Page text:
Analysis

How PinkNews went from side hustle to LGBTQ+ social phenomenon

You don’t have to search hard to find a reason to cheer PinkNews’ success. Its campaigning journalism, born out of the campaign for marriage equality, has demonstrably helped LGBTQ+ people in the UK in the fight for representation. Its editorial and social headcount has increased dramatically over the past year as a result of some smart bets by its Head of Platforms Ellen Stewart. Its existence has proven beneficial to its audience, members of whom have found a sense of community among their fellow users.

Perhaps the best reason to be happy for PinkNews’ existence, however, is that it is proof that one man’s “side hustle” can grow to be the world’s leading LGBTQ+ publisher, which receives over 30 million users a month across its platforms.

PinkNews was founded in 2005 by Benjamin Cohen while he was a tech correspondent at Channel 4. He saw a gap in the way LBGT+ news was being reported, and grew from just him and a few freelancers to really gain traction around the time of the Equal Marriage Act, particularly after they launched the Out4Marriage campaign. They became an online-only platform in 2007 after dropping the print edition, and have been ranked the most visited LBGT website globally.

Speaking to us this week on the podcast, Stewart attributes some of that success to the title’s smart use of platforms. She notes that while PinkNews’ publishing strategy used to be primarily focused on Facebook traffic, the social network’s decision to de-prioritise publisher content taught the PinkNews team to be more strategic in their use of third-party platforms:

“That transition really allowed us to uncover the dedicated readership that was there, that we didn’t necessarily know about. You know there were users who are landing on our home page who were literally typing in www.PinkNews.co.uk and coming to the home page. It reminded us that not only are we a news publisher, but we’re a resource. That has really helped us hone in on our strategy across a whole collection of platforms.

“If you take for example, our Instagram account, as it currently stands we don’t monetize. We have done a few bits of sponsored content on there, but the main aim of this platform…it’s been a great way for readers to discover us and to understand PinkNews as a publisher, and what we stand for as a brand. So, what we’ve managed to do there, although we’re still quite small, we’ve curated a super engaged following. Which, in turn has given us access to LGBT+ influencers and talent that the website on its own might not have allowed us to do.”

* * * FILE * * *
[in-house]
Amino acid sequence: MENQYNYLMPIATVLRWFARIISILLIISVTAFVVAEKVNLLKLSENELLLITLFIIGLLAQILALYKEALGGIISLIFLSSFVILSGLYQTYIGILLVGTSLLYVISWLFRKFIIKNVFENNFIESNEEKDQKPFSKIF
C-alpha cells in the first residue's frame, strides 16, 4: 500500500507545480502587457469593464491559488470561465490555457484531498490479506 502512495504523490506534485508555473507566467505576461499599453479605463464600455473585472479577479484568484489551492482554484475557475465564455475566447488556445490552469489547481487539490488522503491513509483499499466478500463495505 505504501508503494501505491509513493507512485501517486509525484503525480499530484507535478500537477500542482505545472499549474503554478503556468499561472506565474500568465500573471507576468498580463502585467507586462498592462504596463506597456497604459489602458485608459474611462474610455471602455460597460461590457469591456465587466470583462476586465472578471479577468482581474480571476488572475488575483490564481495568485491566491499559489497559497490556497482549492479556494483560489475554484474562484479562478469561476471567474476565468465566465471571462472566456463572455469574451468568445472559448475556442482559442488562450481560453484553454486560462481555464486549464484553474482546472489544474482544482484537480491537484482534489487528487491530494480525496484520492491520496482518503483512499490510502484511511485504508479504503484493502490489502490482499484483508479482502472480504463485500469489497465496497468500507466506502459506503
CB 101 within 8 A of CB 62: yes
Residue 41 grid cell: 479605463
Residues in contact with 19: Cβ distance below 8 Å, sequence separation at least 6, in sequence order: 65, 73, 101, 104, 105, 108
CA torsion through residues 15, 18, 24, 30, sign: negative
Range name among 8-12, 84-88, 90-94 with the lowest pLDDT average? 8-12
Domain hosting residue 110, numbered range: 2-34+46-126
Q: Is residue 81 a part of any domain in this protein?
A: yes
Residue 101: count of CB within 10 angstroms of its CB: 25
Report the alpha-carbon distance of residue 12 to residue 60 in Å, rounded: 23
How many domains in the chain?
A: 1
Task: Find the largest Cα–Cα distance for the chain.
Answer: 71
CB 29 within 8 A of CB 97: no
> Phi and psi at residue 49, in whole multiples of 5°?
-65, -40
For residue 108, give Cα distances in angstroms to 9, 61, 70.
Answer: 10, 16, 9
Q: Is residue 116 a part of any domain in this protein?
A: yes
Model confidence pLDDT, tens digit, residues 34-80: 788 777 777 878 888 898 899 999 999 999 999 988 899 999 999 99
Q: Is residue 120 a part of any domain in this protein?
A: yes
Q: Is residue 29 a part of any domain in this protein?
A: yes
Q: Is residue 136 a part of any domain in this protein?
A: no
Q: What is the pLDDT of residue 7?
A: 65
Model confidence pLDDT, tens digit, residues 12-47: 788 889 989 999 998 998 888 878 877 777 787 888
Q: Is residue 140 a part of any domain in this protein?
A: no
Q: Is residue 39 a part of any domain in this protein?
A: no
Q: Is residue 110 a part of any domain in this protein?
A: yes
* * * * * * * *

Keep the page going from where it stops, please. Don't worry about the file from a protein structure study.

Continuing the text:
While the use of Instagram as a tool with which to attract new readers rather than for monetisation isn’t unique to PinkNews, its success across other platforms is rare. Even as other publishers sought to extricate themselves from Snapchat, for instance, in the face of a falling user base, Stewart argues that PinkNews has found a way to make the ephemeral social network work through a combination of a revenue share advertising model alongside traditional commercial takeovers and creative services.

However, she acknowledged that it took a while for the small PinkNews team to find that successful strategy:

“It genuinely started with me just drawing little squares in my notebook, and trying to change news copy into multiple Snaps, is what we call them, to tell one long story. And I would literally draw them out and give them to the designer, who must have thought I was completely off the wall. And then we would just design the whole thing up and then we’d watch it, and it was then we realized it didn’t work or it did work.

“But very quickly I realized that… when you’re doing a completely full screen mobile UX, everything has to move constantly, which is something even the people who worked on our video team… weren’t used to. For example, on our Snapchat channel, if you look really closely, even the text wobbles slightly just to keep people’s eyes on the content.”

While PinkNews’ visibility during the marriage equality campaign undoubtedly won it a lot of supporters, it took a lot of experimentation and iteration on publishing strategies for it to have achieved its current level of success.

Listen to the full episode below:


Chris Sutcliffe / @chrismsutcliffe